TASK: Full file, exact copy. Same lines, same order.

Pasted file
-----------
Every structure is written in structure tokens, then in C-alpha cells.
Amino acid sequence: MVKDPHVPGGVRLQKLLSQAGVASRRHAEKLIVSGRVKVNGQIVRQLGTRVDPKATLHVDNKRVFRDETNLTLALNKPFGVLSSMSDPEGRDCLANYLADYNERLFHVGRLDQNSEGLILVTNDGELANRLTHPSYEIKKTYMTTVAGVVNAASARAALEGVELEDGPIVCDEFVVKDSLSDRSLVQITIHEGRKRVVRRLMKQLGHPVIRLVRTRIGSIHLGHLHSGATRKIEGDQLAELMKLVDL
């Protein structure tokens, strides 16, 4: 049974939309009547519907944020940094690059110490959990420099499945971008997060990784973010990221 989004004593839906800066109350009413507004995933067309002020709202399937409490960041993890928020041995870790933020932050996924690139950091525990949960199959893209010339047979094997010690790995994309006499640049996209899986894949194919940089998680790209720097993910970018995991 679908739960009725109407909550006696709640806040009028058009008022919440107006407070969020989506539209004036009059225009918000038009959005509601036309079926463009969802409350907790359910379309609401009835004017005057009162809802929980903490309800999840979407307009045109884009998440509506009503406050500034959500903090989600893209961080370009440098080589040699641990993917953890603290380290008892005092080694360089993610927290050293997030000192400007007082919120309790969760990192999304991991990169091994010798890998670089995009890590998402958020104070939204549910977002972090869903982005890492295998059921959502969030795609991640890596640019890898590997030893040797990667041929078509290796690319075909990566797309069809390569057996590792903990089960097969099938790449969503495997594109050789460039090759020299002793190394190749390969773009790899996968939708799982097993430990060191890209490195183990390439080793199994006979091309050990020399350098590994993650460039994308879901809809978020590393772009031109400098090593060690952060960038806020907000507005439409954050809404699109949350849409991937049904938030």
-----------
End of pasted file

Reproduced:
Every structure is written in structure tokens, then in C-alpha cells.
Amino acid sequence: MVKDPHVPGGVRLQKLLSQAGVASRRHAEKLIVSGRVKVNGQIVRQLGTRVDPKATLHVDNKRVFRDETNLTLALNKPFGVLSSMSDPEGRDCLANYLADYNERLFHVGRLDQNSEGLILVTNDGELANRLTHPSYEIKKTYMTTVAGVVNAASARAALEGVELEDGPIVCDEFVVKDSLSDRSLVQITIHEGRKRVVRRLMKQLGHPVIRLVRTRIGSIHLGHLHSGATRKIEGDQLAELMKLVDL
């Protein structure tokens, strides 16, 4: 049974939309009547519907944020940094690059110490959990420099499945971008997060990784973010990221 989004004593839906800066109350009413507004995933067309002020709202399937409490960041993890928020041995870790933020932050996924690139950091525990949960199959893209010339047979094997010690790995994309006499640049996209899986894949194919940089998680790209720097993910970018995991 679908739960009725109407909550006696709640806040009028058009008022919440107006407070969020989506539209004036009059225009918000038009959005509601036309079926463009969802409350907790359910379309609401009835004017005057009162809802929980903490309800999840979407307009045109884009998440509506009503406050500034959500903090989600893209961080370009440098080589040699641990993917953890603290380290008892005092080694360089993610927290050293997030000192400007007082919120309790969760990192999304991991990169091994010798890998670089995009890590998402958020104070939204549910977002972090869903982005890492295998059921959502969030795609991640890596640019890898590997030893040797990667041929078509290796690319075909990566797309069809390569057996590792903990089960097969099938790449969503495997594109050789460039090759020299002793190394190749390969773009790899996968939708799982097993430990060191890209490195183990390439080793199994006979091309050990020399350098590994993650460039994308879901809809978020590393772009031109400098090593060690952060960038806020907000507005439409954050809404699109949350849409991937049904938030």